The Hillary Clinton for President Campaign had a clear and defined new media approach across several social media platforms. Much like the candidate, the approach was organized, polished, well run, and ultimately, unsuccessful.
The Facebook and Twitter accounts for the candidate both followed a predictable and reliable pattern of one Pro-Hillary positive post followed by an Anti-Trump negative post. Even as posts increased on her Facebook account, they still adhered to the one to one ratio.
Passion on the Clinton side was lacking in comparison to that of Barack Obama in 2012, and especially in 2008. Passion for their candidate was an advantage Trump pridefully exulted repeatedly. The passion for Trump however, was not as strong as the hatred of Hillary. This hatred has been documented in these blog posts, but all someone has to do is google “Hillary Clinton” and go to the comment section of any post on any medium or site and will immediately encounter this hatred.
President Elect Donald Trump’s campaign also reflected the Candidate in the sense that its use of new media was erratic and primarily negative, especially on Twitter. This unpredictability lead to reports that Donald Trump’s Twitter account was taken away from him by campaign staff in the days leading up to election. This seemed confirmed when the world was blissfully free of Trumpian 3AM Twitter rants for a few days. However, this unpredictability and coarseness is what many of his supporters cited as reasons they supported him: it felt real. It was not disqualifying that he couldn’t be trusted to tweet responsibly, it was an asset that made his supporters comfortable endowing Trump with the nation’s largest megaphone, the Bully Pulpit, truly redefining its meaning.
There may be more to this than just bitter glibness. The main knock on Hillary Clinton is that she’s fake. She’s fake about her stances on issues, fake about her motives, and fake in her demeanor. For all the talk that Donald Trump will run the country as a business, Hillary Clinton was the one who ran her social media in the vein of a company with a good PR firm. Donald Trump tweeted random thoughts about anything:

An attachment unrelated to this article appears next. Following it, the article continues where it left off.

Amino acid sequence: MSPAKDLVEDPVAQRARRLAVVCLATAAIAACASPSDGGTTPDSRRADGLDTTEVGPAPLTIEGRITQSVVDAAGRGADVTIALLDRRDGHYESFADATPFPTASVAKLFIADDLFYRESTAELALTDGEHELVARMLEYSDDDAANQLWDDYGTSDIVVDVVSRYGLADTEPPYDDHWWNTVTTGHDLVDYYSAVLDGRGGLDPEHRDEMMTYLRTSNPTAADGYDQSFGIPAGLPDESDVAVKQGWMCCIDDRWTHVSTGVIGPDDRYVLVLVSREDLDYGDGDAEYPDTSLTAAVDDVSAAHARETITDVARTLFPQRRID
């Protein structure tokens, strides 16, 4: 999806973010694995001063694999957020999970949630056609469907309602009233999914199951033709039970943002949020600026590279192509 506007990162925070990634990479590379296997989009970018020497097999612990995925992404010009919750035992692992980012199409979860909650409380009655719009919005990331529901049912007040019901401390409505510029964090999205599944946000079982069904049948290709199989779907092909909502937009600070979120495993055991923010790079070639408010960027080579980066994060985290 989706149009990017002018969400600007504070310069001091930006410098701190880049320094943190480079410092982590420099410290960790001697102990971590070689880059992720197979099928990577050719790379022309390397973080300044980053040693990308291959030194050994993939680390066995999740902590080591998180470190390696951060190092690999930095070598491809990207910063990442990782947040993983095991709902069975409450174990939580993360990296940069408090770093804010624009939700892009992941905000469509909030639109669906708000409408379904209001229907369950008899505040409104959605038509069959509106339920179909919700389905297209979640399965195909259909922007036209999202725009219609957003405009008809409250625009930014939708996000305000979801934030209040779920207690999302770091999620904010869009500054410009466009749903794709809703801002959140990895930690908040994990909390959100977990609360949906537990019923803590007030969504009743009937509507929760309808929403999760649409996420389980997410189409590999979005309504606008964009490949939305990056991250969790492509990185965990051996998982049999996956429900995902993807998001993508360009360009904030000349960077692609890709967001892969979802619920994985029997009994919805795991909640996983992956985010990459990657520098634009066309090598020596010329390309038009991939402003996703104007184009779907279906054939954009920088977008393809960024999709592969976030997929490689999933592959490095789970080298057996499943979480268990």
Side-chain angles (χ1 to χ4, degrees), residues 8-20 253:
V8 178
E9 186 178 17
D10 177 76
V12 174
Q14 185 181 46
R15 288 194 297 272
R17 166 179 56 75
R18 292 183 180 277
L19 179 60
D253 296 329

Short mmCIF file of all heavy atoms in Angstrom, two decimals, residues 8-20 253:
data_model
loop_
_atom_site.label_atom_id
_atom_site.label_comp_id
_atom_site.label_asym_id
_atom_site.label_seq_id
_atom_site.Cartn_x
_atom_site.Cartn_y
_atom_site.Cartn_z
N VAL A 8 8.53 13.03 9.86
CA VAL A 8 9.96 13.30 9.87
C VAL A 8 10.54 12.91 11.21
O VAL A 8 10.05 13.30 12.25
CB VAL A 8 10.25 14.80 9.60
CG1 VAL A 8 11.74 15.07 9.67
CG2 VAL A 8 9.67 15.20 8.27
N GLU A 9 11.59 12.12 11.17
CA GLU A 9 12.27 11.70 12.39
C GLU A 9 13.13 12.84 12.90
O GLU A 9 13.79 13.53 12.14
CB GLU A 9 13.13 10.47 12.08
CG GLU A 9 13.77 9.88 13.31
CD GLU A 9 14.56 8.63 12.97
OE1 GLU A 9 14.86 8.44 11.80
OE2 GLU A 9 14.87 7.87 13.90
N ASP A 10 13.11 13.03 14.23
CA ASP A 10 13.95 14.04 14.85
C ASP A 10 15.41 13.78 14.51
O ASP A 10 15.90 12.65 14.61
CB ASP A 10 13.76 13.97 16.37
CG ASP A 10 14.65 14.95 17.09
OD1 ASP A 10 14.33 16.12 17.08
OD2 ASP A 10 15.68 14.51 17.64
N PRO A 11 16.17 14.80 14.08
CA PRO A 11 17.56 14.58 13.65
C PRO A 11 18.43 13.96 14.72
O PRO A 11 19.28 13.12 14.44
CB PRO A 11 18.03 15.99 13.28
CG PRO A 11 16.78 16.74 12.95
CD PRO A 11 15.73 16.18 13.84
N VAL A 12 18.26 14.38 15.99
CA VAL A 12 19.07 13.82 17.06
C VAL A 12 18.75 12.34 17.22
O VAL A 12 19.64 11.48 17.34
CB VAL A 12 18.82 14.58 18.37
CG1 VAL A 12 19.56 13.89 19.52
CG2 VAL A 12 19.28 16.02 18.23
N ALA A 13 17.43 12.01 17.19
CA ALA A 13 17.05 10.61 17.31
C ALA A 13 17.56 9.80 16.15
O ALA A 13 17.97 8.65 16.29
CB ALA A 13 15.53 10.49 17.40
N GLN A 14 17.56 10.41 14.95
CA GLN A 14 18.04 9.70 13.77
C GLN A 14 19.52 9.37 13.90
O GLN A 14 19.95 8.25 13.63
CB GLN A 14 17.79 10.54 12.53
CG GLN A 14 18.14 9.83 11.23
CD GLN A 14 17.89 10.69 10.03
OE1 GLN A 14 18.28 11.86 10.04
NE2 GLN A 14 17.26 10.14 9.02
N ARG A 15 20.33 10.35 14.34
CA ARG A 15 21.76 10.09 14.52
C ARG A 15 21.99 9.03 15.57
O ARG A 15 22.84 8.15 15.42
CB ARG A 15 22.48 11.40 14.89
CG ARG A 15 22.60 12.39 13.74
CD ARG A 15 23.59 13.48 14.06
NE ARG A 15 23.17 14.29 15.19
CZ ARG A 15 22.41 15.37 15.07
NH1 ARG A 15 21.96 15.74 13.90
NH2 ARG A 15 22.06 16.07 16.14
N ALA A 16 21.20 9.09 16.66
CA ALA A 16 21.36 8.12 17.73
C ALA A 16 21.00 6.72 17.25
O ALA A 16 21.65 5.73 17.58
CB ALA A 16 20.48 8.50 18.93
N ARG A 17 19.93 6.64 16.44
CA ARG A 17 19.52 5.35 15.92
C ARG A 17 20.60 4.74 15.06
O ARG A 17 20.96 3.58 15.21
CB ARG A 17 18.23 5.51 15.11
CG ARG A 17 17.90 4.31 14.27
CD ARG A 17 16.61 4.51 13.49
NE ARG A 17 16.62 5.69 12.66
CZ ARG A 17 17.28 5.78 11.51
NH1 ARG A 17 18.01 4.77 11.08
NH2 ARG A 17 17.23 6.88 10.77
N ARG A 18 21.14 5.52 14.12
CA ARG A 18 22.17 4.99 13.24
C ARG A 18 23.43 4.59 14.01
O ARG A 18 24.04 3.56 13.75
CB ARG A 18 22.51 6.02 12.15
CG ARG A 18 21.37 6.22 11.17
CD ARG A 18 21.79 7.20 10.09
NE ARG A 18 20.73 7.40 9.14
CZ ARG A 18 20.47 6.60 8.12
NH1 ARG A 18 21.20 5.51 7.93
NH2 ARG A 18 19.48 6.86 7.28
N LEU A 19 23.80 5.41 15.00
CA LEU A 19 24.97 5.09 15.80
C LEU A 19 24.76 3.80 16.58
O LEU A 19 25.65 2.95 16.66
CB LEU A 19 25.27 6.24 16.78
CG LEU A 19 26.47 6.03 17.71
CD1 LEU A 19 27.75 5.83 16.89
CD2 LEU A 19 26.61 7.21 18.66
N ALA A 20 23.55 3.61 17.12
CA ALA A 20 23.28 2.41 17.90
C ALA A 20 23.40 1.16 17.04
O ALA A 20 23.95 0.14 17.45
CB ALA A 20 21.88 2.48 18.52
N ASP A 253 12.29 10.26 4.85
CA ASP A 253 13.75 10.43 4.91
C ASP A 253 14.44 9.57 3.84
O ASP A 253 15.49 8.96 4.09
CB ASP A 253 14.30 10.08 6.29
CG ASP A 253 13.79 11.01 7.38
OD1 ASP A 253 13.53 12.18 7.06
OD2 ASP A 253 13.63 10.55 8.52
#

regardless of domestic or international repercussions:
and seemingly with little thought or consideration of emotions:
but that lead people to feel at least his online presence was “real.”
Message discipline has long been a cornerstone of successful political campaigns, but this campaign season may shown that while that may still remain true for old media, it is no longer the case in new media. It is difficult to believe Secretary Clinton’s personal accounts were at any point operated or updated by the candidate herself whereas there is little suspicion Donald Trump’s tweets came from staffers and not the man himself (so much so that it is difficult to discern fake “joke” tweets created online from the actual ones).
It is hard to fault a political candidate for organization, discipline, and consideration of the weight and ramifications of their words. However, the same communications strategy applied evenly across all social media platforms reinforced the negative caricature of Hillary Clinton as produced and disingenuous.
In hindsight, had Secretary Clinton ran her own Twitter account herself, even if her tweets were as asinine as “Corgis are the cutest!” or as rude as “Ted Cruz looks like a Batman Villain,” it would have used the medium powerfully by providing an insight into her personality. Despite decades in the public eye, many voters were still left wondering who she was. The old adage of “there’s no such thing as bad publicity,” can arguably be adjusted to “there’s no such thing as bad tweets,” in so far as the tweet inspires likability to some, humanization of the candidate over all, and accessibility to the actual person, seeming regardless to if that person is terrible.